11 Tips for Beginner C# Developers

Today I sat with a friend (let’s call him Joe), who just switched from a job in QA to programming, and passed on to him some of the little tips and tricks I learned over the years. I’m sharing it here because I thought it could be useful to other people that are new to programming. The focus of this post is C#, but analogous tools and methods exist for other languages of course.

Refactorings (A.K.A Resharper)

(This is just a short introduction. I recommend the book Refactoring: Improving the Design of Existing Code as further reading)

As I’ve written here before, I just love Resharper. It is the best refactoring tool for C# I know of (even though it’s a bit heavy sometimes – make sure to get enough RAM and a strong CPU). Joe asked me about a C# feature called partial classes. He said his class was just too big (4000 lines) and becoming unmanageable, and he wanted some way to break it to smaller pieces. He also said that at his workplace, they lock the file whenever anyone edits it, because it’s very hard to avoid merge conflicts on such huge files.

I was happy he wanted to simplify and clarify his code by splitting the file, but the way he thought of doing this was the wrong way.

Tip I: Single Responsibility and Information Hiding

You should strive to minimize the information you require at place in your program. Joe had dozens of unit tests, which all derived from a single base class that contain methods required for all the tests. In a second look, we saw that some of the methods were in fact only needed by some subset of the tests, that were actually logically close.

To solve Joe’s problem, we created an intermediate class, which inherited from the common test base class, and changed these classes to inherit from the intermediate class. We then used Resharper’s Push Down Member refactoring, which removed the methods from the test base class into the intermediate class. No functionality was changed, but we removed code from the huge 4000 lines class! By continuing this process, we can break down the huge class into separate related classes with Single Responsibilities, and no class would have access to uneeded information (like methods it doesn’t care about).

Tip II – Duplicate Code Elimination

I believe the world of software would be a better place if people were not allowed to Copy-Paste code more than a few times a day. Many coders abuse this convenient shortcut and thus create unmaintainable code. The effective counter-measure to the Copy-Paste plague is elimination of duplicate code.

I saw in Joe’s long file code that looked similar to this:

alice = Configuration.Instance.GetUsers(“alice”);
bob = Configuration.Instance.GetUsers(“bob”);
charlie = Configuration.Instance.GetUsers(“charlie”);
diedre = Configuration.Instance.GetUsers(“diedre”);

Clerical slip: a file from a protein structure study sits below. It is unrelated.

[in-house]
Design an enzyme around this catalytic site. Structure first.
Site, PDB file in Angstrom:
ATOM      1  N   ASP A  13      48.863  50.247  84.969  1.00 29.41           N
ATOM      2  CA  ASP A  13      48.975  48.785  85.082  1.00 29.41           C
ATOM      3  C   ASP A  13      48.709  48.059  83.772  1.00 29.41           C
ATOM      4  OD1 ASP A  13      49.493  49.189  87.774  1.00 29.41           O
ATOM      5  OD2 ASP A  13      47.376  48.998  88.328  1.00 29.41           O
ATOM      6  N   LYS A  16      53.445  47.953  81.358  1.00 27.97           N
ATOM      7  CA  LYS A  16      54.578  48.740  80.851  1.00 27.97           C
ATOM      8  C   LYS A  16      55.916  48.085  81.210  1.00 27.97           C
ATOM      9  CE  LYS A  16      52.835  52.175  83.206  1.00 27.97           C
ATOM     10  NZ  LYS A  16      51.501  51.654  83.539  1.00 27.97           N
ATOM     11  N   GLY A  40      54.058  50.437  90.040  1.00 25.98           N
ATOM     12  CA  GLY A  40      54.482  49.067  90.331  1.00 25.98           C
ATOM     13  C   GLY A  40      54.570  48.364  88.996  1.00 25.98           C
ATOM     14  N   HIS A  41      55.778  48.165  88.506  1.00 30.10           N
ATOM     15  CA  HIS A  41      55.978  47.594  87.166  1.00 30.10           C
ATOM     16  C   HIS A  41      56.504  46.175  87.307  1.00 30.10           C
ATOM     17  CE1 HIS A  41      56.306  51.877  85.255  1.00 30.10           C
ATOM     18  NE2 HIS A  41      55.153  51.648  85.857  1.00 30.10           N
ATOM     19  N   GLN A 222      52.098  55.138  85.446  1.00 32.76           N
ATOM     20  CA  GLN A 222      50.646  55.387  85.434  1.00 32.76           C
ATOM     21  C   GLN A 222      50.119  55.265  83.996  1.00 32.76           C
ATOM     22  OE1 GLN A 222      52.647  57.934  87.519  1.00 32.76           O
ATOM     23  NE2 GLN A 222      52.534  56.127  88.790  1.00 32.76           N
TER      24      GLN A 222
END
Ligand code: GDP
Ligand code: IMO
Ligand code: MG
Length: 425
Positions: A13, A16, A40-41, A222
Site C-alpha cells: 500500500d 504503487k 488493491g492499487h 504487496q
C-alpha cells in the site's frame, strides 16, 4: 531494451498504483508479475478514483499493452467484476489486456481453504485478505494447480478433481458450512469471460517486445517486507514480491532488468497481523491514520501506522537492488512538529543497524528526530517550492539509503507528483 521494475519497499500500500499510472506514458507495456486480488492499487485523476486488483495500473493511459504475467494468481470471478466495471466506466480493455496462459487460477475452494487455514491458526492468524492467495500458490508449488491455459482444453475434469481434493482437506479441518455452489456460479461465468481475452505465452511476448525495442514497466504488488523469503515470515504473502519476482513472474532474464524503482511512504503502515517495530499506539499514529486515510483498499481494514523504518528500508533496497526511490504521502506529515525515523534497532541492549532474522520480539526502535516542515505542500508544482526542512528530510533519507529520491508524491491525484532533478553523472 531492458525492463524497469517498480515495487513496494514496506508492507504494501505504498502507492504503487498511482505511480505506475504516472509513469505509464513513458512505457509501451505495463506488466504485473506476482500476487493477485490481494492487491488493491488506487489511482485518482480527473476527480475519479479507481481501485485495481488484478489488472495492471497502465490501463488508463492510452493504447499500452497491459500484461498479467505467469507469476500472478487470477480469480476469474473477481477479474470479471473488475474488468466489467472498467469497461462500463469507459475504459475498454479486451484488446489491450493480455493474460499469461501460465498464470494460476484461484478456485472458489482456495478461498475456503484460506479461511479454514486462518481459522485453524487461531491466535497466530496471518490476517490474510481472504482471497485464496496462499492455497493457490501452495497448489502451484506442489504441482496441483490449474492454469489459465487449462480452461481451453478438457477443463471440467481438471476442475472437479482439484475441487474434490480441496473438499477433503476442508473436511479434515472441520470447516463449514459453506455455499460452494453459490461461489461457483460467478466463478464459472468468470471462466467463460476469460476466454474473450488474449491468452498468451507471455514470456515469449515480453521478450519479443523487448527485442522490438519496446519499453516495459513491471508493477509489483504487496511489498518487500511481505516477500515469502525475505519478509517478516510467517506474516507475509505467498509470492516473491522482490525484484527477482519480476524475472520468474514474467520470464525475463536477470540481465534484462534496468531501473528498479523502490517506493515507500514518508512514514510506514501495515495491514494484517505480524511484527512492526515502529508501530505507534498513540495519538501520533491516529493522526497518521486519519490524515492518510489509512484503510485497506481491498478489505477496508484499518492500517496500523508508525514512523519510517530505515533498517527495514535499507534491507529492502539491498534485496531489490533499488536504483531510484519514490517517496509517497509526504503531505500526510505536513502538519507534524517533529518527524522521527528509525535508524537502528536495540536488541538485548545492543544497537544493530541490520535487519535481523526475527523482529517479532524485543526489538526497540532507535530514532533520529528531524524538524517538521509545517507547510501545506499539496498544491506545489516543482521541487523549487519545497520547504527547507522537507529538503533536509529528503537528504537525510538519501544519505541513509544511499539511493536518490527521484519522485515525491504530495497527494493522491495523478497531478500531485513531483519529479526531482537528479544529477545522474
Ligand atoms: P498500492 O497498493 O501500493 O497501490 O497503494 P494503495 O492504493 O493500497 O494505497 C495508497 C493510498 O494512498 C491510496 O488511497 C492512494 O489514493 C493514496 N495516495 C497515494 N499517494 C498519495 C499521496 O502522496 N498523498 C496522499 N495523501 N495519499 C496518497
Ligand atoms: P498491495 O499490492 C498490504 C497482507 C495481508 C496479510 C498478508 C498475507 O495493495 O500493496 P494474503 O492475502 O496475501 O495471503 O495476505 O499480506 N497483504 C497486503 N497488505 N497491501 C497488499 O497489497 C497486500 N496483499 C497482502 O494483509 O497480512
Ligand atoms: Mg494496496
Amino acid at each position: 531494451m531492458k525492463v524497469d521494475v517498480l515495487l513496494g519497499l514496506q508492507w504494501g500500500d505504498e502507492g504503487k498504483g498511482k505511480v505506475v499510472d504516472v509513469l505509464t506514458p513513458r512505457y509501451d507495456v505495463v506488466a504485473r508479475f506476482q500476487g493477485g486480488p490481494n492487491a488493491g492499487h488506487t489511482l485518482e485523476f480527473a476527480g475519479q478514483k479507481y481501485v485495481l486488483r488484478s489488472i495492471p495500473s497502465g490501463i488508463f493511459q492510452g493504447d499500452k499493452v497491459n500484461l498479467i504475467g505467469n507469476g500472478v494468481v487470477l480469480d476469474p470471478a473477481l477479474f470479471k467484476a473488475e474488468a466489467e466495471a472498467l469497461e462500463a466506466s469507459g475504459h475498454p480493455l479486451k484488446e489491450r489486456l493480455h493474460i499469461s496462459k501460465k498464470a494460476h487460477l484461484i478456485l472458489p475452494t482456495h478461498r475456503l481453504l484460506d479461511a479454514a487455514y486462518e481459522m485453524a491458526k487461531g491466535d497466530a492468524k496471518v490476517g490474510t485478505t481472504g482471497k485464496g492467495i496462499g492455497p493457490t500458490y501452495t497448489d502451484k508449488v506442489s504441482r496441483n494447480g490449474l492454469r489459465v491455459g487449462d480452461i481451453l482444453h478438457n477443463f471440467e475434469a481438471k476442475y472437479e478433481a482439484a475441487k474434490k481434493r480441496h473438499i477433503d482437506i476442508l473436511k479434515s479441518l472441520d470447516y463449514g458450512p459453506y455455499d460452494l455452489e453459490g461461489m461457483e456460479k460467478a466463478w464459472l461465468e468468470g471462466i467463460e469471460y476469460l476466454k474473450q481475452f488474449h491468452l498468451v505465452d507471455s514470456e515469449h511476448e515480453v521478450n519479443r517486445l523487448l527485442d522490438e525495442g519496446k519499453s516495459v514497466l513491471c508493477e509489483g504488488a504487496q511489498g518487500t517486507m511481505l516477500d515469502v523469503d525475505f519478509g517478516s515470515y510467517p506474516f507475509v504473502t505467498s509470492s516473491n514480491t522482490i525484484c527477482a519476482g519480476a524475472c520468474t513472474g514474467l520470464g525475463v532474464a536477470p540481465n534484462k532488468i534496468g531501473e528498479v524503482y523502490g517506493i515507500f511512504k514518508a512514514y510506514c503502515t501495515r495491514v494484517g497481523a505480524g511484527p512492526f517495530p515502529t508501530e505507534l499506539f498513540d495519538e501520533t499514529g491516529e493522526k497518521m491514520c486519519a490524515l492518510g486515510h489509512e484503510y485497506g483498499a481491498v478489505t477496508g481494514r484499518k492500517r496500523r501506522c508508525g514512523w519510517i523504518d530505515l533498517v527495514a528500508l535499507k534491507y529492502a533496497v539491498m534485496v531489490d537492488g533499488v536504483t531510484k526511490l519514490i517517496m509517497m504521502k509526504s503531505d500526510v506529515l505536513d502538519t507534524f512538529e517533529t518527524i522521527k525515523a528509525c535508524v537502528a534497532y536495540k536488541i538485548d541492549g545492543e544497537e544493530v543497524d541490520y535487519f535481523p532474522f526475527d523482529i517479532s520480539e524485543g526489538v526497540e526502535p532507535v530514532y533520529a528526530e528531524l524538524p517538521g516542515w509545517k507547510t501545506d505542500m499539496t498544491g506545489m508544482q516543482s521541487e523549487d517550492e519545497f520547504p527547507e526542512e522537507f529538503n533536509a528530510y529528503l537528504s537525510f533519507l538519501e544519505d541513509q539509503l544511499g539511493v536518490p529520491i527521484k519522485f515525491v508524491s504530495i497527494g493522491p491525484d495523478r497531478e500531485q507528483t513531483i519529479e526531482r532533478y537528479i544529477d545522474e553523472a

Even though this is a rather simple example of code duplication, I strongly believe even such minor infractions should be dealt with. Every line of the above code snippet knows how to obtain users from the configuration. This knowledge has to be read and maintained by developers. Instead, why not get all the “user getting” code into one place and let us simply write what we want to do, instead of how?

To solve this, I use one of these two techniques:

Extract Method, Tiger Style

  1. Choose a single instance of duplication, and locate any parameters or code that is not the same among all the instances of the duplicated code. In our examples, the username (and the assignment variable) are the only two different things between the four lines of code.
  2. For every such parameter, use Introduce Variable. The end result of this phase should look something like this:
    string username = “alice”;
    alice = Configuration.Instance.GetUsers(username);
    bob = Configuration.Instance.GetUsers(“bob”);
    charlie = Configuration.Instance.GetUsers(“charlie”);
    diedre = Configuration.Instance.GetUsers(“diedre”);

  3. Now, use Extract Method on this code (the first line in our example). This creates a new method that I would call GetUsers, that simply gets a string argument username and reads it from the configuration.
  4. Perform Inline Variable on the variable you created in step 1.
  5. Now, change all the other instances to use this new method and delete the redundant code.

The end result looks like this:

alice = GetUsers(“alice”);
bob = GetUsers(“bob”);
charlie = GetUsers(“charlie”);
diedre = GetUsers(“diedre”);

Another way to achieve the same refactoring is Crane Style (I’m just enjoying using kung-fu styles here because I saw Kung-Fu Panda not too long ago :). You can use immediately without creating the temporary user, but then you get a method that specifically returns the username for “alice”, which is not what you wanted. Nevertheless, this method can be refactoring by applying Extract Parameter on “alice”, netting us the same result.